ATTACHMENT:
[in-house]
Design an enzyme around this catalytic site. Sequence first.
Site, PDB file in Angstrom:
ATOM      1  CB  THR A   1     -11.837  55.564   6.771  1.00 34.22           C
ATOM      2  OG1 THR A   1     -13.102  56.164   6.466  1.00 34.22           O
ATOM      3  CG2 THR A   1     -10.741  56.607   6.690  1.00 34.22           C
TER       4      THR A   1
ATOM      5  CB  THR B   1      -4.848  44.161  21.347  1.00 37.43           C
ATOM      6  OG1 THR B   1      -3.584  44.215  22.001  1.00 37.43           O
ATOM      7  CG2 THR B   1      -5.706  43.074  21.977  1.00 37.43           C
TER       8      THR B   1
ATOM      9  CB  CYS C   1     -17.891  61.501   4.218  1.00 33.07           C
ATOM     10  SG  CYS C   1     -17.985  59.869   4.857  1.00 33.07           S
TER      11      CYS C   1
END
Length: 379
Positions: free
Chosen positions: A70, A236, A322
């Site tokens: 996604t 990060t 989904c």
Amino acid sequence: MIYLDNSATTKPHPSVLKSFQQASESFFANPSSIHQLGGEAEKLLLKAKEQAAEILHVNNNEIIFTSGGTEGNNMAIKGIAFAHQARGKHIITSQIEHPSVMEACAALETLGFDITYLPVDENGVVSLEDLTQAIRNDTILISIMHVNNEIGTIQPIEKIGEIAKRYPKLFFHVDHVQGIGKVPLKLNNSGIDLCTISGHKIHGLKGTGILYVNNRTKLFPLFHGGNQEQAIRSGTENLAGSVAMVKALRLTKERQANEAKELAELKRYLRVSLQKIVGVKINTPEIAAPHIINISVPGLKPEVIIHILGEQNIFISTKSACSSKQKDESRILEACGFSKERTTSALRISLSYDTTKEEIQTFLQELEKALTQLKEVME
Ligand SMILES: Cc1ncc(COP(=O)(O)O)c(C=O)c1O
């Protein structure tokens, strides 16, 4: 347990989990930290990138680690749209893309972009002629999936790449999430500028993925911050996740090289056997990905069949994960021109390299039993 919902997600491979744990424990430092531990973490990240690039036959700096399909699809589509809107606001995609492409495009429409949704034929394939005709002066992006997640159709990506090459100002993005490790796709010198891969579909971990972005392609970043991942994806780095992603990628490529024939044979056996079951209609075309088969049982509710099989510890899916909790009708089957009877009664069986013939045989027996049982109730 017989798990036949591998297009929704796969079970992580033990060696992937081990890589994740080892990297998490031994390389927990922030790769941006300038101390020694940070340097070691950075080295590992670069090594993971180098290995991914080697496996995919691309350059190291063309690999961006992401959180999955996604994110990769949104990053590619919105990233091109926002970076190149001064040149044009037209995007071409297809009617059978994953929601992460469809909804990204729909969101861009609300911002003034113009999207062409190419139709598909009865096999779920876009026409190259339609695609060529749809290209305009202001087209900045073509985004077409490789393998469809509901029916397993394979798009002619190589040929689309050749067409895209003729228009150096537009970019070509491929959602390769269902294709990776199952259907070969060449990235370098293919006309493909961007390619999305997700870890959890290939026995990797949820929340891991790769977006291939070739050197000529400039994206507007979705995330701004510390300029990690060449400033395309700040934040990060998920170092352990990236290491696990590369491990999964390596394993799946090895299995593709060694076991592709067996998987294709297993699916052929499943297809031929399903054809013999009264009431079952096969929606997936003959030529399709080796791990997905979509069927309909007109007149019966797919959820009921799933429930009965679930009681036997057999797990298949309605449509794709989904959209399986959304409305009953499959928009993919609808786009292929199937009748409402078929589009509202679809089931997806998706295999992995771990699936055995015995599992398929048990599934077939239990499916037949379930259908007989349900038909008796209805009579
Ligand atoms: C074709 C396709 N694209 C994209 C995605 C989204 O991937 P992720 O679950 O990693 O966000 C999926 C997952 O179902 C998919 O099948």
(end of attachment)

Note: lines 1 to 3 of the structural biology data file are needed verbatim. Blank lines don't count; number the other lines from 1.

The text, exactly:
[in-house]
Design an enzyme around this catalytic site. Sequence first.
Site, PDB file in Angstrom: